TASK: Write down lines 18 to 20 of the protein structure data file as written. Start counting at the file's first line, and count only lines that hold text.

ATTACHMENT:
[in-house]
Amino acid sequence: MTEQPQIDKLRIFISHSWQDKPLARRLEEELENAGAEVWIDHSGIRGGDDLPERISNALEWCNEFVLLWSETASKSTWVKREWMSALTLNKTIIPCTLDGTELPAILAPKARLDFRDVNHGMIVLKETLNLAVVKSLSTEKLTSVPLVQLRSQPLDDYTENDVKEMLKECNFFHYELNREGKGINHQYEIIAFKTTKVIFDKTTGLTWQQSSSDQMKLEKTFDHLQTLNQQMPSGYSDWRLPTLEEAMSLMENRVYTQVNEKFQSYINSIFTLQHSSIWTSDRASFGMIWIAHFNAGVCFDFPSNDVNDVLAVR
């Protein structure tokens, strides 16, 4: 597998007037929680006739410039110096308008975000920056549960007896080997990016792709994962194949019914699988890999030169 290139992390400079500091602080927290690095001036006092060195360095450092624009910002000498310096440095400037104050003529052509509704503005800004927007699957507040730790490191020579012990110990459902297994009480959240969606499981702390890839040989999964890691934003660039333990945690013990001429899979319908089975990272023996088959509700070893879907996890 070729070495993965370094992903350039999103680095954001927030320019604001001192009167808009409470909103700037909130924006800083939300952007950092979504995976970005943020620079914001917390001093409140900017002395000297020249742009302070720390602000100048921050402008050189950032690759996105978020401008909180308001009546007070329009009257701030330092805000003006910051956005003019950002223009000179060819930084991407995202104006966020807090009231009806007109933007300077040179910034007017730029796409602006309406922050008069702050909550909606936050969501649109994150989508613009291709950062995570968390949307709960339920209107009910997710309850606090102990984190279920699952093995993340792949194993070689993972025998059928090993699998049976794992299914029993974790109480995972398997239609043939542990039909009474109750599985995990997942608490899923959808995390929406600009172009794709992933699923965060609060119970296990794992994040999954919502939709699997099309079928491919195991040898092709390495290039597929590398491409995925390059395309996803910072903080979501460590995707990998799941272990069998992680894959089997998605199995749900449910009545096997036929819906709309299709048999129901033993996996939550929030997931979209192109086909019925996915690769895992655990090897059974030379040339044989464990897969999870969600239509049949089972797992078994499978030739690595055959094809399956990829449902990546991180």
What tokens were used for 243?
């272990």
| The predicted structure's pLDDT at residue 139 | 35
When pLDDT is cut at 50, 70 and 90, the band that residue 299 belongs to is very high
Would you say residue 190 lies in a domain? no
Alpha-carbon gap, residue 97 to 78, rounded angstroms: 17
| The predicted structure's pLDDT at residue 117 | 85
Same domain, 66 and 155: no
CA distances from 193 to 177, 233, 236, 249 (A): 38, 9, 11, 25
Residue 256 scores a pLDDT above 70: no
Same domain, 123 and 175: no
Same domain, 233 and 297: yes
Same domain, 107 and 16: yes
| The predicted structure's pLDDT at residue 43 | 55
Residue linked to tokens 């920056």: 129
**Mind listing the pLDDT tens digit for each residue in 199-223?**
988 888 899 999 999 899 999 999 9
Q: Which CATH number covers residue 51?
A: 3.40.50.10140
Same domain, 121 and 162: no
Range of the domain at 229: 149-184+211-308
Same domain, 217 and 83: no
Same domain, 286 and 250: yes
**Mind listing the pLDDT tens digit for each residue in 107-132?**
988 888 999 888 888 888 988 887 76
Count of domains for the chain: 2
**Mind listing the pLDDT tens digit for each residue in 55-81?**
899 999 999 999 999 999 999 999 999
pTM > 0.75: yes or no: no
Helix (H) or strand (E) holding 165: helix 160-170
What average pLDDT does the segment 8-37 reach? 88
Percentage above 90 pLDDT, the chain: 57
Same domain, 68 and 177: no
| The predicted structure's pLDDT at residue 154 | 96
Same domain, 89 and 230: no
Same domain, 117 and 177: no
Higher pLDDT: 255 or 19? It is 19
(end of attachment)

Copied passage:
Residue linked to tokens 């920056």: 129
**Mind listing the pLDDT tens digit for each residue in 199-223?**
988 888 899 999 999 899 999 999 9